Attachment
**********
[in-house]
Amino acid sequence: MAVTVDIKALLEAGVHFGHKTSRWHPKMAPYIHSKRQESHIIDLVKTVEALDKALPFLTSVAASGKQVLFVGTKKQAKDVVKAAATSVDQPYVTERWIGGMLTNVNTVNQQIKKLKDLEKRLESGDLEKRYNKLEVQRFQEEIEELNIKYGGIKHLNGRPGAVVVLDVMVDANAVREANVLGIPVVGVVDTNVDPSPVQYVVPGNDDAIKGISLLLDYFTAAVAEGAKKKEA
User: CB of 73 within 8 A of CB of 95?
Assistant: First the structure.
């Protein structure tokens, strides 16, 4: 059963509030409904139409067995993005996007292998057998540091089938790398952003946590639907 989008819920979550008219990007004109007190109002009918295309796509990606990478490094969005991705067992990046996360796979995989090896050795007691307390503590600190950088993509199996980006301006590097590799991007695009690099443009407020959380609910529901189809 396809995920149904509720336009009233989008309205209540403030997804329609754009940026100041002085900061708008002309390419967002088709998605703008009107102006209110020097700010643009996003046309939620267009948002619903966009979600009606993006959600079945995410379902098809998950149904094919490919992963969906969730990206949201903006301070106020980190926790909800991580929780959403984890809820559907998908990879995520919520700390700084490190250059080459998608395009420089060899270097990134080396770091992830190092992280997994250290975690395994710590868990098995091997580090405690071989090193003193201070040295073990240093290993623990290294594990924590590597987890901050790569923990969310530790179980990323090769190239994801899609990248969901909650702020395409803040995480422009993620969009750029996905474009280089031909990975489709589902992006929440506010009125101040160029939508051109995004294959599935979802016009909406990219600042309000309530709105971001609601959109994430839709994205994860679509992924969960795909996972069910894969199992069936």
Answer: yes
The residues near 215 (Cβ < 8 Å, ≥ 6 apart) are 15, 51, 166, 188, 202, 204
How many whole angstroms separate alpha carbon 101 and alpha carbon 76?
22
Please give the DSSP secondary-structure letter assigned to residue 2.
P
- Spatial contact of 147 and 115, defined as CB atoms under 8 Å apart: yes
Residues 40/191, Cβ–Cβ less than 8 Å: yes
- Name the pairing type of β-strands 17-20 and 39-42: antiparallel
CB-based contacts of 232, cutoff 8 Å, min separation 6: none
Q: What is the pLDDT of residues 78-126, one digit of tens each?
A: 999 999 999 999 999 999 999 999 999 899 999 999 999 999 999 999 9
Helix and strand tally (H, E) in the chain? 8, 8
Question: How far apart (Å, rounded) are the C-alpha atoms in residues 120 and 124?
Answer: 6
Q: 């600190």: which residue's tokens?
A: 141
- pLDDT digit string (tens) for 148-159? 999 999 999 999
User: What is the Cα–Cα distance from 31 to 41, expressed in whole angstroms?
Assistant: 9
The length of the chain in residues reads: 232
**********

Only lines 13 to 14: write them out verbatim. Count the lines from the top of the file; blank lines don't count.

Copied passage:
Residues 40/191, Cβ–Cβ less than 8 Å: yes
- Name the pairing type of β-strands 17-20 and 39-42: antiparallel